Glancing at her watch, my mom alerted us to fact that it would start getting dark in just 3 hours.  The last place any of us wanted to be at dusk was stuck inside the canyon, so we somewhat hurriedly started back-tracking toward the trailhead.  I found it interesting that the reverse hike often times offered completely different looking views than what we had seen on the first leg.  It was a bit unnerving when Justin and I came across a group of 3 people who were terrified:  “We’ve think we’ve missed the exit.” (referring to the area where we needed to climb up out of the river bed and ascend to the trailhead).  Justin and I were quite certain we hadn’t yet gotten to to that point in the trail.  Still, it made my heart skip a beat to think that we might end up hopelessly lost and need to spend the night in a dark canyon.

Sure enough, we did find our way out and we spent the last ounce of our energy (and our last few drops of bottled water) on climbing the 1,000 or more feet in elevation to the parking lot, just as the sun started dipping beneath the horizon.  I passed by a man who was clearly struggling to carry a bunch of camera gear and offered to lighten his load.  He graciously accepted the offer and had me unlatch his heavy tripod so that I could carry it to the top for him. It was such a relief to get to the summit and know that we had finished our mission safely.

The Subway offered up an experience that I won’t soon forget!  More pictures follow below – hope you enjoy them.

First, a very short (15-second!) video.

Stuck in Saturday morning traffic in Rockville, Utah – headed to get our backcountry hiking permit.


Arrival at the Left Fork Trailhead.


Todd and Tia getting ready for the descent into the canyon.


Making our way down the steep slope toward the Virgin River.


Fall colors as mom makes her way through the canyon.


Justin shows off his strength with this huge boulder.


Obligatory hiking selfie.


Pit stop along the river as we headed toward The Subway section.


More fall colors.


Small waterfalls were found throughout the canyon.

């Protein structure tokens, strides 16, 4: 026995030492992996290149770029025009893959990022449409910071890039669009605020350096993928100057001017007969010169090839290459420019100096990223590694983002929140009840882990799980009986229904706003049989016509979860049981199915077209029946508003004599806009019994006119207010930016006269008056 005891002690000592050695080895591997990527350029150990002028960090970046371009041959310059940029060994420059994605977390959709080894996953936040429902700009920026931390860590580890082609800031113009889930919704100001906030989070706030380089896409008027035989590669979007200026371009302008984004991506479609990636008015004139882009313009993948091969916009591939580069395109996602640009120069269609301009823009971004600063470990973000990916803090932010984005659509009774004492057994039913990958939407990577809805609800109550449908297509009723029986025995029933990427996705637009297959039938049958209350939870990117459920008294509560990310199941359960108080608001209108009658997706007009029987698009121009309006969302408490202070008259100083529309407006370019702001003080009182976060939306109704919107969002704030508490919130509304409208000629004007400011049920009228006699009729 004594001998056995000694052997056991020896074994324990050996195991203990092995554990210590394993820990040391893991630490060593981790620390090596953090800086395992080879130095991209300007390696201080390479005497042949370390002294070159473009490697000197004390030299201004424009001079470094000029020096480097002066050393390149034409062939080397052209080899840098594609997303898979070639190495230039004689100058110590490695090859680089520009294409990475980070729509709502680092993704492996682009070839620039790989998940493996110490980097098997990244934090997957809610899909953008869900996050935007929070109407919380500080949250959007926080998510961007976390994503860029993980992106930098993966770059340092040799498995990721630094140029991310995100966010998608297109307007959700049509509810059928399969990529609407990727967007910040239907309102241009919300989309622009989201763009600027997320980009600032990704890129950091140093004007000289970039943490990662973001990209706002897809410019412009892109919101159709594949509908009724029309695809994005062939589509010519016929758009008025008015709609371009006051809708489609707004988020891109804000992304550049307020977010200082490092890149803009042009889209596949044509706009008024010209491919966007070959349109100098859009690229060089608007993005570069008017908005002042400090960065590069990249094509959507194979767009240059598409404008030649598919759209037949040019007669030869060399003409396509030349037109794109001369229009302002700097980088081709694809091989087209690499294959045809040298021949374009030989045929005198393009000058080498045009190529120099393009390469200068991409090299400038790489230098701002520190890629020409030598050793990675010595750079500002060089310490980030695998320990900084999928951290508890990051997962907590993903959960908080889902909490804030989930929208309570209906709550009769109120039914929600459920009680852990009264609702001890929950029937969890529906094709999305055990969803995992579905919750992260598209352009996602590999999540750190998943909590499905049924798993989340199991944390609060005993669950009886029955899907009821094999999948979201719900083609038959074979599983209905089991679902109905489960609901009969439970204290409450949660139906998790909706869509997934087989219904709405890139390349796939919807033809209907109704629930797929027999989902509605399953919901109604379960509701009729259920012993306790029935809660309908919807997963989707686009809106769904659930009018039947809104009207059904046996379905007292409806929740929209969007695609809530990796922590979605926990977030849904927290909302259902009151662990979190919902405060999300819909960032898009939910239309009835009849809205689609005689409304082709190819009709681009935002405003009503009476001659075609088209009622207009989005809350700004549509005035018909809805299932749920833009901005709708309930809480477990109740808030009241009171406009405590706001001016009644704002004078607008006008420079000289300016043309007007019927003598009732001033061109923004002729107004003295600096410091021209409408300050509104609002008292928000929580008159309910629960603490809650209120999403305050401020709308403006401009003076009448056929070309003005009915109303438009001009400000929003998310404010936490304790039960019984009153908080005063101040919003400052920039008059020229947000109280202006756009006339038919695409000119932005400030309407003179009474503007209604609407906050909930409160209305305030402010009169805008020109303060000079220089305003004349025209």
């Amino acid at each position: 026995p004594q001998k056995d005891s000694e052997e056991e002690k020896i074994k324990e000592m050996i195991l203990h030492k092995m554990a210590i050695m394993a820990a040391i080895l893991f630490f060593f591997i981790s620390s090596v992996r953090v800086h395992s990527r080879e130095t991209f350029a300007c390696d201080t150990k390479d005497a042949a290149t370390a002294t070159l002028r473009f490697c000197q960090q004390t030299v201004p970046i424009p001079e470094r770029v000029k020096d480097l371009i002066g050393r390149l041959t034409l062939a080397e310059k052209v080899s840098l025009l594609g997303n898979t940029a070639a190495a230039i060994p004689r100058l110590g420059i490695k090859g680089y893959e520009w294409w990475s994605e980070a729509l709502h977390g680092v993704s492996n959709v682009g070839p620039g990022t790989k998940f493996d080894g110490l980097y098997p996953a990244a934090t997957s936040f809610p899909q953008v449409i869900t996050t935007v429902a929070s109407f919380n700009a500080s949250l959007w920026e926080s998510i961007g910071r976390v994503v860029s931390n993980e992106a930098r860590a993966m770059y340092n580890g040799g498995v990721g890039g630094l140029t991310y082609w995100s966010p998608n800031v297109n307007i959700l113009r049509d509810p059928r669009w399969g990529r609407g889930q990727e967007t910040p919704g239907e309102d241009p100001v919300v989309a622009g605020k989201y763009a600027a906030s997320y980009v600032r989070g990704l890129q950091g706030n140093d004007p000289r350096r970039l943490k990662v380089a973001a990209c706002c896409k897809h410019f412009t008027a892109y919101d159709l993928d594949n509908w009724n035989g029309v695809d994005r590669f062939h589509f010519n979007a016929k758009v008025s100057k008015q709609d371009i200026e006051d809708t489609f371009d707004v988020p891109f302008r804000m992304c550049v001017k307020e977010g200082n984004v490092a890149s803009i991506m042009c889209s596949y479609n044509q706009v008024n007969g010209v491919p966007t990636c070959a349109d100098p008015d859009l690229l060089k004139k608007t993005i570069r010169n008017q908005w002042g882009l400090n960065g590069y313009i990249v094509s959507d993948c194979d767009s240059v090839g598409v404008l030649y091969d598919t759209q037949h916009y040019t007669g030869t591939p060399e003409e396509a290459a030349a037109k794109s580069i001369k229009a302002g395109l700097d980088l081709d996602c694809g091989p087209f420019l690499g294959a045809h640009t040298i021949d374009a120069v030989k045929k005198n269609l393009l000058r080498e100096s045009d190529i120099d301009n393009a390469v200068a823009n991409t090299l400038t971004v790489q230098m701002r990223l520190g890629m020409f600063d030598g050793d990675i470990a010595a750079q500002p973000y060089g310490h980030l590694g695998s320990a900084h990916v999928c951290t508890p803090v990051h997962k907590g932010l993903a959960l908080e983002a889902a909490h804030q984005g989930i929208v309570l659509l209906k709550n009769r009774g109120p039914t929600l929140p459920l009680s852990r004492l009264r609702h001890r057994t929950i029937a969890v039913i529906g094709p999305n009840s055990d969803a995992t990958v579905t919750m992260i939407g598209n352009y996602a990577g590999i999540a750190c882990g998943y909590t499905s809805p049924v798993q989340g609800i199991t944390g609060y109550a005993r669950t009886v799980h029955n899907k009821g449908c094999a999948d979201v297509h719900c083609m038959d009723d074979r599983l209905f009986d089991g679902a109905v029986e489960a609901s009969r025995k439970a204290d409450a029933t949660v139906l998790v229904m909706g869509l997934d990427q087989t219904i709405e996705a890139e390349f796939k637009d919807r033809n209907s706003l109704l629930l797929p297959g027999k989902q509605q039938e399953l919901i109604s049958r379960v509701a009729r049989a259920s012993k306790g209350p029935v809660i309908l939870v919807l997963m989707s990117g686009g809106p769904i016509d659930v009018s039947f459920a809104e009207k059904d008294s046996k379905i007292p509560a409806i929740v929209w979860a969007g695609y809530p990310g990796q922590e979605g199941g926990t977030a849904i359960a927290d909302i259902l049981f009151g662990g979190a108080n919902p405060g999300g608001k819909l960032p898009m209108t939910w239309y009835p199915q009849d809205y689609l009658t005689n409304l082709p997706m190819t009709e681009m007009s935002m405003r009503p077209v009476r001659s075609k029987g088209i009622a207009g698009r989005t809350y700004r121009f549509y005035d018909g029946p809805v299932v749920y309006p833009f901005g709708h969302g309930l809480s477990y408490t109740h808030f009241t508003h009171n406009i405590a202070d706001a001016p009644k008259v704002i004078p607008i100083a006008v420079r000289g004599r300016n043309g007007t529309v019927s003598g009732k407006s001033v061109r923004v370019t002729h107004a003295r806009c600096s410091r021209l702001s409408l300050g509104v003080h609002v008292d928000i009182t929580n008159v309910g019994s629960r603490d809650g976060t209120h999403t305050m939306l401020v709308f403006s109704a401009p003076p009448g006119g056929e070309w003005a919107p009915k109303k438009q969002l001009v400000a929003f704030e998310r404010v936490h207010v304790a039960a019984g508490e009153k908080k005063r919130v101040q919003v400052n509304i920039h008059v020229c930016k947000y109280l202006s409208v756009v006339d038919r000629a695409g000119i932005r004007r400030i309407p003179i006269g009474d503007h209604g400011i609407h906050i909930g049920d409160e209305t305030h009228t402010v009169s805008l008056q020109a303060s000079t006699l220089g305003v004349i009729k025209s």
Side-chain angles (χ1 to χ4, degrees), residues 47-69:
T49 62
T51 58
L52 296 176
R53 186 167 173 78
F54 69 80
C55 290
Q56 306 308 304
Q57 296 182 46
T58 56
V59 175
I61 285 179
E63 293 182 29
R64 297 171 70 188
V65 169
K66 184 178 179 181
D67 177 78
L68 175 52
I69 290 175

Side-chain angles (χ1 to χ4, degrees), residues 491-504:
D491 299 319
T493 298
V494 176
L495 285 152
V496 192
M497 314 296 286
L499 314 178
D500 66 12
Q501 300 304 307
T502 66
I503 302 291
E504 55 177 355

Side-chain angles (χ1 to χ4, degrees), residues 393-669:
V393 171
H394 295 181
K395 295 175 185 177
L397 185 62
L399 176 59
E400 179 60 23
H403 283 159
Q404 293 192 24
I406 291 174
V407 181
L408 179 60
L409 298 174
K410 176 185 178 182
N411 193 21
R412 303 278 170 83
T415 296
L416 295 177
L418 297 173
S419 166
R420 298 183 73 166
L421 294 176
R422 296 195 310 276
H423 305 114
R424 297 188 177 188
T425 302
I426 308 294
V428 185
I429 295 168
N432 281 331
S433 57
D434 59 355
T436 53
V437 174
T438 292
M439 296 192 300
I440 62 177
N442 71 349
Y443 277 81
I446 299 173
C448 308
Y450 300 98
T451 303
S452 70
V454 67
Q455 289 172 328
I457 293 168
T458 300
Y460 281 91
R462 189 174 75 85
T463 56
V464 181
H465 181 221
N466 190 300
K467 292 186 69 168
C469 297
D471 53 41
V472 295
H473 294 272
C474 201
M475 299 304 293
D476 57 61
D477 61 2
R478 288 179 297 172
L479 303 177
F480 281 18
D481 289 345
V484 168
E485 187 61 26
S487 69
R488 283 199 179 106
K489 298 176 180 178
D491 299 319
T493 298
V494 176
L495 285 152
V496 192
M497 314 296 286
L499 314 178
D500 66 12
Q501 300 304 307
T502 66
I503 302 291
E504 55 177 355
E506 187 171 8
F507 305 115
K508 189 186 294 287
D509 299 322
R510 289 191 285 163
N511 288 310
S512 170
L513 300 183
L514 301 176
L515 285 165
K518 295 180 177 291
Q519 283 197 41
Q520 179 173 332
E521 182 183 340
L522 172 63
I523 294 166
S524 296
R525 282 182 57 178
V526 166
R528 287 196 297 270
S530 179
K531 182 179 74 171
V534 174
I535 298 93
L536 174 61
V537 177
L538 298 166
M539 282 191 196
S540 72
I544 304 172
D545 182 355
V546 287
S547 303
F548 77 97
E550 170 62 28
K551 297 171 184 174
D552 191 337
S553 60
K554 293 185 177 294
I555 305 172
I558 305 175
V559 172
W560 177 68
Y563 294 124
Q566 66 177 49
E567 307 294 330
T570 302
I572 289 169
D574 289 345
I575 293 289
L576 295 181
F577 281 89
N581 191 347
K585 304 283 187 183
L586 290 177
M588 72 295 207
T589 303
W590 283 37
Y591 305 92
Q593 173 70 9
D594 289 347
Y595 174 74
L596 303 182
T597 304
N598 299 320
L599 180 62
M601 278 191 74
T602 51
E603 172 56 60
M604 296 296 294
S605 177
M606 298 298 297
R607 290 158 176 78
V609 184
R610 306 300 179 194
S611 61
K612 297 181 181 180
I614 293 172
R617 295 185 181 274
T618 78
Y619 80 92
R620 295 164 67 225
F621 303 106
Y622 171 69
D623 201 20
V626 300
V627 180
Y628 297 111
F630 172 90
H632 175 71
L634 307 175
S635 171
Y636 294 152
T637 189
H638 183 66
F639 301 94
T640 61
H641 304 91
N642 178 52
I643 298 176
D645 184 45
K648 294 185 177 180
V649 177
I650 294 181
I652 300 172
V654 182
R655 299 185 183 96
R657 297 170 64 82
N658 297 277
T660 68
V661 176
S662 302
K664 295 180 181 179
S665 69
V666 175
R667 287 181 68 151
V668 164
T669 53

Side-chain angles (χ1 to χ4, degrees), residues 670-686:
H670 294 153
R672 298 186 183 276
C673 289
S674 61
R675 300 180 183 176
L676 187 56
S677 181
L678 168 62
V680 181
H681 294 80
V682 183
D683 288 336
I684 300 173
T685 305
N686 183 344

Scenery unmatched.


One of several terraced waterfalls.


Arrival at The Subway.


The Subway.


This was as far as we went into the depths of The Subway.  We would have needed to rappel to go any further.


Taking a breather before starting the return trip.


The Virgin River cascades down this smooth rock face.


Back at the trailhead, victorious!  Aunt Jodi, Justin, Tyson.


Despite not having any service, my iPhone somehow calculated my daily steps at 22,872 – equaling 11.03 miles and 59 flights of stairs.


It’s no wonder my legs were still sore even a couple days later.  Hope you enjoyed the hike!

14 Responses to “Utah’s Zion National Park: “The Subway” Hike”

  1. autoscribe74 Says:

    Wow, gorgeous photos- what a great adventure!

    • Thanks Mark! Yeah, it was a great time! I only wish we’d had more time to spend in the canyon. Maybe some other trip we’ll plan it as an over-nighter. You should join us.

  2. great pictures! looks like everyone had a really good time.

    • We did! There are still lots of other hikes at Zion I haven’t yet done – not to mention the hikes at Utah’s other national parks. Time to start planning my 2015 travel calendar…

  3. Thanks for helping make this happen. Your photos are AMAZING as usual. That car of yours is getting spoiled with all these great road trips.

  4. Sherry Dompier Says:

    This was really great – thanks for taking us all along. I loved seeing this park when we were there visiting- beautiful even from the roads !!!

    Sent from my iPad

    • Thanks Sherry! I’m glad you got to see Zion. It’s one of my favorite attractions in the entire state of Utah. I hope you are doing well. Wish I could have seen you while you were visiting. Hope the boys are kicking butt at demo derby as usual 🙂

  5. do you have the new iphone 6 or 6 plus?

    • Haha, yes indeed it was, James! Definitely need to add southern Utah to your list of driving destinations if you haven’t already. The landscape would make a great backdrop for the Mercedes CLA you’re driving this week 🙂

  6. Amazing pics! Glad you all had such a good time. I haven’t been to Zion in eons, but it’s a stunning place. Maybe again on a future mega drive!